Phone hacking inquiry: Milly Dowler’s mum was euphoric over voicemails
MILLY Dowler's mother felt "euphoria" when she finally got through to her missing daughter's voicemail after a private detective deleted some of the messages, the press standards inquiry heard today.
Sally Dowler's hopes were falsely raised when News of the World investigator Glenn Mulcaire erased a number of the 13-year-old schoolgirl's voicemails, the Leveson Inquiry was told.
David Sherborne, counsel for the Dowler family and 48 other alleged victims of press intrusion, said: "Perhaps there are no words which can adequately describe how despicable this act was."
The Dowlers, who will be the first witnesses to give evidence to the inquiry, suspect that their own phones were also hacked, the hearing was told.
Mr Sherborne said the Dowler family were also subjected to "terrible intrusion" when they retraced the route Milly was walking in Walton-on-Thames, Surrey, when she was abducted in March 2002.
The lawyer said they intended this as a "private moment" which would help them to come to terms with their daughter's disappearance.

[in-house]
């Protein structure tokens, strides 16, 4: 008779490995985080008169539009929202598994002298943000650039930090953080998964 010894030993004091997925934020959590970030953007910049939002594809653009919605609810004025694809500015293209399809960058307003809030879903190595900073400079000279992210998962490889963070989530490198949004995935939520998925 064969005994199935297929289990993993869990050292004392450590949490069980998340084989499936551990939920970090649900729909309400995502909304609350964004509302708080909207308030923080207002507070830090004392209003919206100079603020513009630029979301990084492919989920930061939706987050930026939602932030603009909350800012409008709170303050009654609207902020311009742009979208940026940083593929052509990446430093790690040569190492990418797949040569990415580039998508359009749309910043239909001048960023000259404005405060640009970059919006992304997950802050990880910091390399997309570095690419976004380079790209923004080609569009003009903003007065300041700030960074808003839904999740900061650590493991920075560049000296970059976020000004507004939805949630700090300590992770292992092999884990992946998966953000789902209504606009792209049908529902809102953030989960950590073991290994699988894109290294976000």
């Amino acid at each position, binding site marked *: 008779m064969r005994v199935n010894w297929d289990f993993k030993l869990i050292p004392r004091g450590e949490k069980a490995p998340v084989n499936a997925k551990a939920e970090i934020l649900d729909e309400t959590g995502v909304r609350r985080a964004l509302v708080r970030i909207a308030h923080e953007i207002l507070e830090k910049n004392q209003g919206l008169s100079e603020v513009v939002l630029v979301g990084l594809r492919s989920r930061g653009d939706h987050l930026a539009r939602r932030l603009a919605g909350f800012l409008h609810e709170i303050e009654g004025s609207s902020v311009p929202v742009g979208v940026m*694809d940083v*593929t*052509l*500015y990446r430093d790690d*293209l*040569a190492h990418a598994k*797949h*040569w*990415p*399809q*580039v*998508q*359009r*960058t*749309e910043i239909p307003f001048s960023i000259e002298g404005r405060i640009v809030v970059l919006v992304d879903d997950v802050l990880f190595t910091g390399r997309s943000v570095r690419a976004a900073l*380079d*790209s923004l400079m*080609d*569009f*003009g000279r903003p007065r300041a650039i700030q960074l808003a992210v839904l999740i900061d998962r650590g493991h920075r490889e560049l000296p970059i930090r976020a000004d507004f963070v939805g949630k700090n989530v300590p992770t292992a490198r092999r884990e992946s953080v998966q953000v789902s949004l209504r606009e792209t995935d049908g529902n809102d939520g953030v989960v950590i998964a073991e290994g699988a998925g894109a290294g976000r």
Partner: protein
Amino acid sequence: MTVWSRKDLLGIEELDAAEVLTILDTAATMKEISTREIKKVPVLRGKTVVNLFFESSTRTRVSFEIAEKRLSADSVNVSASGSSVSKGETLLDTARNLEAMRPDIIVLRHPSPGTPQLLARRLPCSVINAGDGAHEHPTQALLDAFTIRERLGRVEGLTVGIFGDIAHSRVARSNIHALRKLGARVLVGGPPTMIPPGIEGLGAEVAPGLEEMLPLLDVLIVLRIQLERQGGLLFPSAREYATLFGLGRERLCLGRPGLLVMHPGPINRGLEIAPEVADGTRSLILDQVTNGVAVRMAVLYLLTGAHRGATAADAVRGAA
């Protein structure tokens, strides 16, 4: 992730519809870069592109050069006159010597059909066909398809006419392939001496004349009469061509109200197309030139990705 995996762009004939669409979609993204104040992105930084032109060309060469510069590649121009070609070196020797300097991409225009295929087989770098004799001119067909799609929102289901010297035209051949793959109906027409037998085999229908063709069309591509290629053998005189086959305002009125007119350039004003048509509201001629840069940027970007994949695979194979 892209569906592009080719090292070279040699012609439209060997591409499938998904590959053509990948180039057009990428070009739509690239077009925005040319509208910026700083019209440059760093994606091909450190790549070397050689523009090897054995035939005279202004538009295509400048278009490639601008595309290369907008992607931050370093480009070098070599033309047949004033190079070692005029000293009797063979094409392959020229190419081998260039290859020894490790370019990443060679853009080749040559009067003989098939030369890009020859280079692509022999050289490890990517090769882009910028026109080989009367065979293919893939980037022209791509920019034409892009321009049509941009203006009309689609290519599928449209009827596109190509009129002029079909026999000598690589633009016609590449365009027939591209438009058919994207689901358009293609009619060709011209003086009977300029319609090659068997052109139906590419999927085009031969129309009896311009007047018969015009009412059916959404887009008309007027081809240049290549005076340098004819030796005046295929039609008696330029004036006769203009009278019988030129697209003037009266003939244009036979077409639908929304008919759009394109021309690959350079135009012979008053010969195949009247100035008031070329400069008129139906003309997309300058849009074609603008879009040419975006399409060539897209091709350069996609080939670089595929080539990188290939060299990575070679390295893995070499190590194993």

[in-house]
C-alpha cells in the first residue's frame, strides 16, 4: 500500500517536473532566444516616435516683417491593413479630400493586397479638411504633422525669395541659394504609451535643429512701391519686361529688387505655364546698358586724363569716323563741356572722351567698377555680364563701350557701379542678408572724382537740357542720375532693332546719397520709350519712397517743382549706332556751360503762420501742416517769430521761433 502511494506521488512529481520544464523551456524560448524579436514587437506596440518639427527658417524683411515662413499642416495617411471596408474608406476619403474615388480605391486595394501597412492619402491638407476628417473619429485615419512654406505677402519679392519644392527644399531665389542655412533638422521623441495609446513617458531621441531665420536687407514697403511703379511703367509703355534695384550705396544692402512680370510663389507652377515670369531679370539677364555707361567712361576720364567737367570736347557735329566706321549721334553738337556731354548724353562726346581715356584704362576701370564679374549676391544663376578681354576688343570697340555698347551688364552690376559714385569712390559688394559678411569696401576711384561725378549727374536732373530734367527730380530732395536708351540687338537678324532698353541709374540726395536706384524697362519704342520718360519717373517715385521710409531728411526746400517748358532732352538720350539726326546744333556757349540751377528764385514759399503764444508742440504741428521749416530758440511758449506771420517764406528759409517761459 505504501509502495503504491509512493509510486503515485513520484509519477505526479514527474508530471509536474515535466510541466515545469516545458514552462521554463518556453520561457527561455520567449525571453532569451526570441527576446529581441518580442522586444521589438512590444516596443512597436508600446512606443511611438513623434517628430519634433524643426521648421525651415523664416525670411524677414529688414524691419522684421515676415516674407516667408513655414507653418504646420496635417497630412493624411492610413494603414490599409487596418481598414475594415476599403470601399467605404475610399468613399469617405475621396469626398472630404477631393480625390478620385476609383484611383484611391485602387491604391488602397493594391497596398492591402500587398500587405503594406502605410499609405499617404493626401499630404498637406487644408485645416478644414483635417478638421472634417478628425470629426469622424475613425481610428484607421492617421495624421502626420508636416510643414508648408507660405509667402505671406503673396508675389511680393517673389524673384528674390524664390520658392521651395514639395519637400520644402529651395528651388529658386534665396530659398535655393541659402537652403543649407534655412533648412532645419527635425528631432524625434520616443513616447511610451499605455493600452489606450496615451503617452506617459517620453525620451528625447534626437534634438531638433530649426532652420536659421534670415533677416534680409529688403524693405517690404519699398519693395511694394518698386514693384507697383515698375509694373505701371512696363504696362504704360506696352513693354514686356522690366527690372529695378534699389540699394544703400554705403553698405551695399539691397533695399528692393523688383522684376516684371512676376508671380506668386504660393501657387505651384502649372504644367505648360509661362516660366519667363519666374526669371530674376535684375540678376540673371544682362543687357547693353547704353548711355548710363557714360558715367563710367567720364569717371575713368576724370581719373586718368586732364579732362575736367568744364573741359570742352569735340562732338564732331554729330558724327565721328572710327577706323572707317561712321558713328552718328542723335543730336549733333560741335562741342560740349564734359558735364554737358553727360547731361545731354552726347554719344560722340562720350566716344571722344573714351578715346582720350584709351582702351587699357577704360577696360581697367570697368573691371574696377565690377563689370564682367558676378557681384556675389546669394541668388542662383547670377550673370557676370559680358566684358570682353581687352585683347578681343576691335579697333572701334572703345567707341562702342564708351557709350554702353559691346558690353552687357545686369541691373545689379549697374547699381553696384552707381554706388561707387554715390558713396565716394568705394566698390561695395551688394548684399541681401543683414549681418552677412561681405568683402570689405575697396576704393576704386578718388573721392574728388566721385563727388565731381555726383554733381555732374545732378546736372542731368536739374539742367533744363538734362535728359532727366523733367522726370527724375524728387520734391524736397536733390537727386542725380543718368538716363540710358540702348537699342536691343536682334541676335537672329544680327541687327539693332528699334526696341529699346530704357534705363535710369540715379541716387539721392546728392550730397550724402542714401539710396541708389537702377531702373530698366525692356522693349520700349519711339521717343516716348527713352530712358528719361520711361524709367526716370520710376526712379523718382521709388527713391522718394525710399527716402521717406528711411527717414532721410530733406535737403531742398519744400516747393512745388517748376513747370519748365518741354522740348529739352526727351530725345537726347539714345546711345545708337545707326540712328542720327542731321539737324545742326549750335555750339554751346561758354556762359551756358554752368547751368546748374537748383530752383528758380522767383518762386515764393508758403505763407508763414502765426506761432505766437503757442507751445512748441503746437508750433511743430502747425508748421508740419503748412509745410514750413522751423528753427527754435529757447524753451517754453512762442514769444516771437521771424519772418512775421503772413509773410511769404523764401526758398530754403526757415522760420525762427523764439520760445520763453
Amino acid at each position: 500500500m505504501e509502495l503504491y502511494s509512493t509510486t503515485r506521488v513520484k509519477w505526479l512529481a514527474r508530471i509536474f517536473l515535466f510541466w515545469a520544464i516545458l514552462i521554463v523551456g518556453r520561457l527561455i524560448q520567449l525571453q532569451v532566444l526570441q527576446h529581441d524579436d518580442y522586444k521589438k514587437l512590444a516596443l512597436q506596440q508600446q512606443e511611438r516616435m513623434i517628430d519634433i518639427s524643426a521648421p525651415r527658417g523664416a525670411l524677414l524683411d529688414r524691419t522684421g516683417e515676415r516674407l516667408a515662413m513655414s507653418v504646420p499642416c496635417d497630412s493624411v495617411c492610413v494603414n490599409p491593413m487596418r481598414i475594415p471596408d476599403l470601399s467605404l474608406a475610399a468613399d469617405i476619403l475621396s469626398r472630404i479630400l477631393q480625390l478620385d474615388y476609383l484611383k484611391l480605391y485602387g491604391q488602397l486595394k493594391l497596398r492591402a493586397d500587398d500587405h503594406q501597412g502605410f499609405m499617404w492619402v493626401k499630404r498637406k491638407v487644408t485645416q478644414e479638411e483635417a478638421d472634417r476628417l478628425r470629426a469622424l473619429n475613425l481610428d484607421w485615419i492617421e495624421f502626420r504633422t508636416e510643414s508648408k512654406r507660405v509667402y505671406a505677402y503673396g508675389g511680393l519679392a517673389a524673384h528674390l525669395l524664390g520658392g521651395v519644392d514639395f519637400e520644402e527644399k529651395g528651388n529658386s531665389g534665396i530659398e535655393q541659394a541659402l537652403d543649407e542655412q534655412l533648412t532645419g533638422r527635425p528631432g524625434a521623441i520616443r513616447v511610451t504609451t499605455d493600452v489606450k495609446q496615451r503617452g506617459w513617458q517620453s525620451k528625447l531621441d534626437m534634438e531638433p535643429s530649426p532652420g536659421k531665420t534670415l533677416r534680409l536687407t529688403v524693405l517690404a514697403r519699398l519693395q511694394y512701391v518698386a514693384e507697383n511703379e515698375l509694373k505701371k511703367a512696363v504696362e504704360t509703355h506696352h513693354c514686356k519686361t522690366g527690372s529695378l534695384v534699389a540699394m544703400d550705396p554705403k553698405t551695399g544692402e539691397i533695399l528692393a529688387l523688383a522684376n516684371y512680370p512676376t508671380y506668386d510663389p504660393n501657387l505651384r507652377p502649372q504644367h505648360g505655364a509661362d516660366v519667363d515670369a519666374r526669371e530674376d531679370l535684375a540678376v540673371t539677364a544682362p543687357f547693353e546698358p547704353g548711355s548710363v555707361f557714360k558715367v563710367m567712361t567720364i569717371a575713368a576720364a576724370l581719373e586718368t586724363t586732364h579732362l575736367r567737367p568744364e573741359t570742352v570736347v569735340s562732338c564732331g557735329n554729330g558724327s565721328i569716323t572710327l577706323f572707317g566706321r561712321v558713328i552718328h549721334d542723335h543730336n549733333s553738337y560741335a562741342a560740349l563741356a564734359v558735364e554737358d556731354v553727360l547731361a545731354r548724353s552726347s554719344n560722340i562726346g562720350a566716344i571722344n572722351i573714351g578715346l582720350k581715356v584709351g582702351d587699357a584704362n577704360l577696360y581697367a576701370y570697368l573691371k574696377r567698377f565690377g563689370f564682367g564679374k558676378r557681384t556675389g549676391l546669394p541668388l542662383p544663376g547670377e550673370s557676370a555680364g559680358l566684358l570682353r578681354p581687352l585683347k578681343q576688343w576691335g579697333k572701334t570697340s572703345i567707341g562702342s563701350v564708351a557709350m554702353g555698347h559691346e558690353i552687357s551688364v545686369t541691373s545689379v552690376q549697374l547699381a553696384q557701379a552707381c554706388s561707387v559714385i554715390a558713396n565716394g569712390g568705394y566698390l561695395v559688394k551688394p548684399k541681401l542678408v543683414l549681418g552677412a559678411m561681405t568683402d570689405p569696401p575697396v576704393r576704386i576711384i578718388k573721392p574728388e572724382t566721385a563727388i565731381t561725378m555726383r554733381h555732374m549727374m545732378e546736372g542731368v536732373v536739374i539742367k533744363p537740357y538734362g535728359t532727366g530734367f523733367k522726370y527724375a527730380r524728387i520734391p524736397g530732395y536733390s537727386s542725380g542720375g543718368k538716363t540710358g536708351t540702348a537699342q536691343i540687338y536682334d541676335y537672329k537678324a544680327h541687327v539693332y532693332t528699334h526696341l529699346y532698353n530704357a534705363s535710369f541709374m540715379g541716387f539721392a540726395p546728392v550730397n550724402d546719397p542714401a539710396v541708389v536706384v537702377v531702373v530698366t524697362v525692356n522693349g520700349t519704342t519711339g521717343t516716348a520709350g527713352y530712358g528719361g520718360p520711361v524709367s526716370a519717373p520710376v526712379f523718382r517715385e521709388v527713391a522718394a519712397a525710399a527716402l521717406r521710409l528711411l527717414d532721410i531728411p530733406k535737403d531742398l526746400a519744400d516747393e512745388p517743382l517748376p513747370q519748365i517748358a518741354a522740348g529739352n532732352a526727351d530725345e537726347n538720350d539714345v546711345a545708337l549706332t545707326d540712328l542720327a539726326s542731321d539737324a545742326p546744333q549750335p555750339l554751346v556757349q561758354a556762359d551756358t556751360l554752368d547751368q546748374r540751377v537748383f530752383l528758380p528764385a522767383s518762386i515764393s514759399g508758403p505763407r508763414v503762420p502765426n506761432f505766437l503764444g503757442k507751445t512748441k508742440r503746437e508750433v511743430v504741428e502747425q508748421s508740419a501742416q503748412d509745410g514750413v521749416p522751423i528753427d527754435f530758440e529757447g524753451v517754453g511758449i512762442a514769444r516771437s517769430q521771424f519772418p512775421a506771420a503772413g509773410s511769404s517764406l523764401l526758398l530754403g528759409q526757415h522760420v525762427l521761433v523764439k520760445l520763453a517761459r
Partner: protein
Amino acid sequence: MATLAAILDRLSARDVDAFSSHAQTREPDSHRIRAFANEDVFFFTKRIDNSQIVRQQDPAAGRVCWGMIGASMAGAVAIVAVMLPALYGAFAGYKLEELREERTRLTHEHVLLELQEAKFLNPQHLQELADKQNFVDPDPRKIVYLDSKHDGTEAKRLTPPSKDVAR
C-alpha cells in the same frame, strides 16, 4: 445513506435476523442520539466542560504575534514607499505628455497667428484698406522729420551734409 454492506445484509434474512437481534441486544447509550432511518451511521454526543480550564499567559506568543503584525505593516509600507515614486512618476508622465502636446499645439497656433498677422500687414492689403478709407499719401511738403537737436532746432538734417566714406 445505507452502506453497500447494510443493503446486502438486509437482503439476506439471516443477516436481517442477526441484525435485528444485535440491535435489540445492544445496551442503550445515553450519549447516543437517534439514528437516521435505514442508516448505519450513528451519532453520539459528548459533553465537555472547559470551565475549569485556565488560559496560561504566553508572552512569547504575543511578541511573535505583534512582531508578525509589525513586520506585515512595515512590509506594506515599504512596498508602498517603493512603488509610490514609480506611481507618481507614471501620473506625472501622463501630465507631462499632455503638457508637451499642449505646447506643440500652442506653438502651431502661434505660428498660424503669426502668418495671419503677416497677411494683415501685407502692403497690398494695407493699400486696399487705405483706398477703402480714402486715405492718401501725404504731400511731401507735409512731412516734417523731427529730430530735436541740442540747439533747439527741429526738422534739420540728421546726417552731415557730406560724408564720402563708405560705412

But they were photographed and their picture appeared in the News of the World under the headline The Longest Walk.
Mr Sherborne said Mulcaire committed an act of "cruelty and insensitivity" in hacking Milly's phone.
He said: "Mr Mulcaire, acting in the course of his work for the newspaper, had deliberately accessed and listened to the missing 13-year-old's voicemail.
"And worse still, he had even deleted some to ensure that there was room for waiting voicemails to come through to their otherwise full mailbox."
He went on: "Mr and Mrs Dowler will tell you in their own words what it felt like in those moments when Sally, her mother, finally got through to her daughter's voicemail after persistent attempts had failed because the box was full, and the euphoria which this belief created, false as it was unfortunately.
"Perhaps there are no words which can adequately describe how despicable this act was."
Mulcaire was jailed with the News of the World's former royal editor Clive Goodman in January 2007 after they admitted intercepting voicemail messages left on phones belonging to royal aides.
Mr Sherborne said it was legal action such as that launched by actress Sienna Miller which forced the practice of phone-hacking to be "taken seriously" by the police.
The actress, who has been given "core participant" status in the inquiry, launched a civil battle which became something of a catalyst for a series of claims made by numerous individuals against the News of the World, he told the hearing.
"It was individuals like Sienna Miller who were prepared to take on the News of the World, unlike those in Government or from other areas," he added.
"And it was Sienna Miller and others' actions which forced the phone-hacking scandal to be taken seriously by the police."